What We’re Reading: Medical Emergency Law in Abortion Cases; Cyberattack Prompts Congressional Hearing; Bird Flu Updates


Moyle v United States centers on whether emergency medical law supersedes state abortion laws; Change Healthcare’s CEO will testify regarding the cyberattack’s impact; public health officials warn of potential threat as bird flu virus spreads in mammals.

Supreme Court to Weigh EMTALA's Reach in Abortion Cases

The US Supreme Court will hear arguments this week in Moyle v United States regarding whether states can enforce stricter abortion laws despite the requirement under the Emergency Medical Treatment and Labor Act (EMTALA) to provide stabilizing care, according to Slate. EMTALA is a federal law that requires stabilizing care for all patients in emergency departments, including abortion care. Emergency care specialists have emphasized the importance of timely interventions to prevent life-threatening emergencies and challenge the idea of prioritizing fetal life over maternal well-being within the context of EMTALA's requirements.

Change Healthcare Cyberattack Prompts Congressional Hearing

Amid the fallout from the recent cyberattack on Change Healthcare, which disrupted payments to health care facilities nationwide for a month, parent company UnitedHealthcare's CEO Andrew Witty will testify before a US House subcommittee on May 1, according to Reuters. The company reported that the attack has already cost it $870 million and that leaders expect the final expense to total at least $1 billion this year, Kaiser Health News reports. Despite UnitedHealth's efforts to restore services, providers remain burdened by the disruption, with some resorting to loans to cover expenses.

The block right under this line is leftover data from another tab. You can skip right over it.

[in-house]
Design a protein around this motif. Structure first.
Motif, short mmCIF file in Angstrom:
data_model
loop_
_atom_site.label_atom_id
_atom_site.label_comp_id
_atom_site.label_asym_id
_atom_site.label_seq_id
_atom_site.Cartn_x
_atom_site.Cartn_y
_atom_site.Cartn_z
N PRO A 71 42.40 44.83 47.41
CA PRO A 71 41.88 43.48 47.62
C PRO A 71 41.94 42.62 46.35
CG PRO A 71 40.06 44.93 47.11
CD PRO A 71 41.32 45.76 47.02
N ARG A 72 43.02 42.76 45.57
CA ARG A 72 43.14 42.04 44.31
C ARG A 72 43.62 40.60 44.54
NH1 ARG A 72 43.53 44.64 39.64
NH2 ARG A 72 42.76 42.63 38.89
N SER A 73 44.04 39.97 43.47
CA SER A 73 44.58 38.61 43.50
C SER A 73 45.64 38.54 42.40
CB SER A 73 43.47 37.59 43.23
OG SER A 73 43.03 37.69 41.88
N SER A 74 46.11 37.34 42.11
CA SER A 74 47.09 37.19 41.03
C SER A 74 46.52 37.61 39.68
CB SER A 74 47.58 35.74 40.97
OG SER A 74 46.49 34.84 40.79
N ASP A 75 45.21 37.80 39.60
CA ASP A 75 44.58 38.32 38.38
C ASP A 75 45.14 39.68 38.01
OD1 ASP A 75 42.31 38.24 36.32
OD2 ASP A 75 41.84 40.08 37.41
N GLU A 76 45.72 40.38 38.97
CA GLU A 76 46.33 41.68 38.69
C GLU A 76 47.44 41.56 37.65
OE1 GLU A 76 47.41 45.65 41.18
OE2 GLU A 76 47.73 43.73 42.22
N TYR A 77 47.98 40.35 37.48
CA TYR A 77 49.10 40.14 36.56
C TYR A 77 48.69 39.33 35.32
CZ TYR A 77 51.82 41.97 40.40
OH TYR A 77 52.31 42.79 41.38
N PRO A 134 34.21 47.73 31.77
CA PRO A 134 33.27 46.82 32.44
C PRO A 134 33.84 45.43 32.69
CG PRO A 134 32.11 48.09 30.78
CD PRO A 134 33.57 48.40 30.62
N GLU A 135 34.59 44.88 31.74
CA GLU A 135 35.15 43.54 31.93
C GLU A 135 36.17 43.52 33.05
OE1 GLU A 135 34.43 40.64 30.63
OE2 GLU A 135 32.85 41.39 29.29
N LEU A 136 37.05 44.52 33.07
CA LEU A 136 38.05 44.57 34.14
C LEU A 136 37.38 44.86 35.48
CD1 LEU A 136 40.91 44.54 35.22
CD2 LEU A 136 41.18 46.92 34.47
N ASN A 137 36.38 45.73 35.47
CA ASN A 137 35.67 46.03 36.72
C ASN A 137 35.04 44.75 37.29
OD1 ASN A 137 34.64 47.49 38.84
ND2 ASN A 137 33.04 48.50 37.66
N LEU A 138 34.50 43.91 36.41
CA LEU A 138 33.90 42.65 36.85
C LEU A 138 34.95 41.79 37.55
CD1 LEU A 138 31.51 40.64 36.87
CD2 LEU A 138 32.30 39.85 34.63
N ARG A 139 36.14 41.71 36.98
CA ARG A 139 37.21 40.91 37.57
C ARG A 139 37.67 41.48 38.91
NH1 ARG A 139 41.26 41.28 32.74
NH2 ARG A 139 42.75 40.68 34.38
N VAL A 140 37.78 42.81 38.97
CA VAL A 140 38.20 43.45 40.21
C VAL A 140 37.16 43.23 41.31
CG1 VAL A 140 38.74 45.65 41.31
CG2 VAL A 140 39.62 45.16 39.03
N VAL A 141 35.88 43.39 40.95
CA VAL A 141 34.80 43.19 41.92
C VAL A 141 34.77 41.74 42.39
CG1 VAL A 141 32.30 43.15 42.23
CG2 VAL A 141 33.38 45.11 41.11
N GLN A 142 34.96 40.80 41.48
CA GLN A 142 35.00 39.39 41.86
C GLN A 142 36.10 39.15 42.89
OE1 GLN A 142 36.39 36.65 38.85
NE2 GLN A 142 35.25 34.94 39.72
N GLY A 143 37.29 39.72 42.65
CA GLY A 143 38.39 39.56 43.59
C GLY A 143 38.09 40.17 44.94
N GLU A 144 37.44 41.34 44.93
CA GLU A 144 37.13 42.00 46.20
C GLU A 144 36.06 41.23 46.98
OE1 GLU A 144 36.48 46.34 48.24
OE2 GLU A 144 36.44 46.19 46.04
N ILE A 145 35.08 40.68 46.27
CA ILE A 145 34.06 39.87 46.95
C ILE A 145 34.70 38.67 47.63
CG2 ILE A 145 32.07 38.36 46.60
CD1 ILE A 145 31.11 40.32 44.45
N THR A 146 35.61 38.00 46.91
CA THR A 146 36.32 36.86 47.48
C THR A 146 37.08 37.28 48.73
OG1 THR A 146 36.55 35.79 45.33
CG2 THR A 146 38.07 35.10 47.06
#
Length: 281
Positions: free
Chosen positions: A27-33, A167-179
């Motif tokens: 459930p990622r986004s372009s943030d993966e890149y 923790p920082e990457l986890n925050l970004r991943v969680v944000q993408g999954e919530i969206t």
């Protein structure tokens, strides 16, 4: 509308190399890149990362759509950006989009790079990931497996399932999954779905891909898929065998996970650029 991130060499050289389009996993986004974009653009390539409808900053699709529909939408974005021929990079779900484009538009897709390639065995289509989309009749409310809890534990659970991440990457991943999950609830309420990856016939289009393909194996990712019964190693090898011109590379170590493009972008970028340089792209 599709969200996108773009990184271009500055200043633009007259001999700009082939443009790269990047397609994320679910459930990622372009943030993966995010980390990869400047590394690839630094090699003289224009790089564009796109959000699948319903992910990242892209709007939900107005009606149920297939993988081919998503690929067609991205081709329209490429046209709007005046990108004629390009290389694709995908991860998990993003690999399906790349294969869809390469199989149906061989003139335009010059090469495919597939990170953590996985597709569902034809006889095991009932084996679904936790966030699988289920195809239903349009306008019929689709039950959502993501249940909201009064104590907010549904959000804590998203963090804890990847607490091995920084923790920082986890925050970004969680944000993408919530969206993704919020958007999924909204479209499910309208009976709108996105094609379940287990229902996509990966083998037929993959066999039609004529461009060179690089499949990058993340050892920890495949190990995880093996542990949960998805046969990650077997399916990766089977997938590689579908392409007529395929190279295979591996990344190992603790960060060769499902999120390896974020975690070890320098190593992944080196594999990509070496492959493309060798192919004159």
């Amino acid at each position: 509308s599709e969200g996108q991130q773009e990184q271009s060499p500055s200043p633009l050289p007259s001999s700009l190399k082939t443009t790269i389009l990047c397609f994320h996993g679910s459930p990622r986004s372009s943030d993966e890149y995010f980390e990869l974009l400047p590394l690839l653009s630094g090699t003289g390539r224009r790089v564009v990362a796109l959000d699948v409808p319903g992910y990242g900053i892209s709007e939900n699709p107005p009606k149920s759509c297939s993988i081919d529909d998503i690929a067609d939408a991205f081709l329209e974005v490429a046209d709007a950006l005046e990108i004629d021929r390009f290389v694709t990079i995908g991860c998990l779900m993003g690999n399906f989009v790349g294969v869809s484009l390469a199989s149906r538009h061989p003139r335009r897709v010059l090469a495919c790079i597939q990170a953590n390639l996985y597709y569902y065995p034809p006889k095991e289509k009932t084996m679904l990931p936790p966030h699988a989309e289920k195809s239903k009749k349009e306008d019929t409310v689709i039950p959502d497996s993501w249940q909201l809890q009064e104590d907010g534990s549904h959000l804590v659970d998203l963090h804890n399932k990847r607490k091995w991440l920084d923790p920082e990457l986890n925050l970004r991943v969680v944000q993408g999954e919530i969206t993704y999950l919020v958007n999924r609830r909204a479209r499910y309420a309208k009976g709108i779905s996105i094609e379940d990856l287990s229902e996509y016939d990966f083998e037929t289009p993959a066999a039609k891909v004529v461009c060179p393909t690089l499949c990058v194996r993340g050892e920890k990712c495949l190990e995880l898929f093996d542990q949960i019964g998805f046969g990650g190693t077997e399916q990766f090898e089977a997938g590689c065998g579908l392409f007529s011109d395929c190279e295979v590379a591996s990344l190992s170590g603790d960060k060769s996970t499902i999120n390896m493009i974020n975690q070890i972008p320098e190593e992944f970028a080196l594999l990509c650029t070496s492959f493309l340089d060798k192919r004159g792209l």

WHO Expresses Concern Over Bird Flu Outbreak

The recent outbreak of bird flu, particularly the Type A H5N1 strain, is of “great concern” as the virus spreads to mammals, including cattle and humans, said Jeremy Farrar, MBBS, chief scientist at the World Health Organization, according to USA Today. While the risk of human-to-human transmission remains low, experts warned of the potential for a pandemic if the virus mutates. Vaccine development efforts are underway, but challenges persist, and public health officials have called for improved diagnostic capabilities and rapid response strategies.

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